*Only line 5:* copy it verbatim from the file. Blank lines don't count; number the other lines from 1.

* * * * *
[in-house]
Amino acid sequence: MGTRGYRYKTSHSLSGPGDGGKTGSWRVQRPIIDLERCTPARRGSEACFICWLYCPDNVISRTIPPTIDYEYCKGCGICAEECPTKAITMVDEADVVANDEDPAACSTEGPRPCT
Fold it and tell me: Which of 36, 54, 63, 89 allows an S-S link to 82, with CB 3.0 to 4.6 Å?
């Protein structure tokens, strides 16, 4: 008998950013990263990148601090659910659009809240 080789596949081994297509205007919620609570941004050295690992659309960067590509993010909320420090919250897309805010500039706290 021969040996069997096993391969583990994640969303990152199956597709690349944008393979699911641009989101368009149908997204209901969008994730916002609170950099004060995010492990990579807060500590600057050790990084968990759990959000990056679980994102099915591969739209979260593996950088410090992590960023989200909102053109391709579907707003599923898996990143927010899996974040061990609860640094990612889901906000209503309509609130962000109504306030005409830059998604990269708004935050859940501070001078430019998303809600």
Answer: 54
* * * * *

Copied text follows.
Answer: 54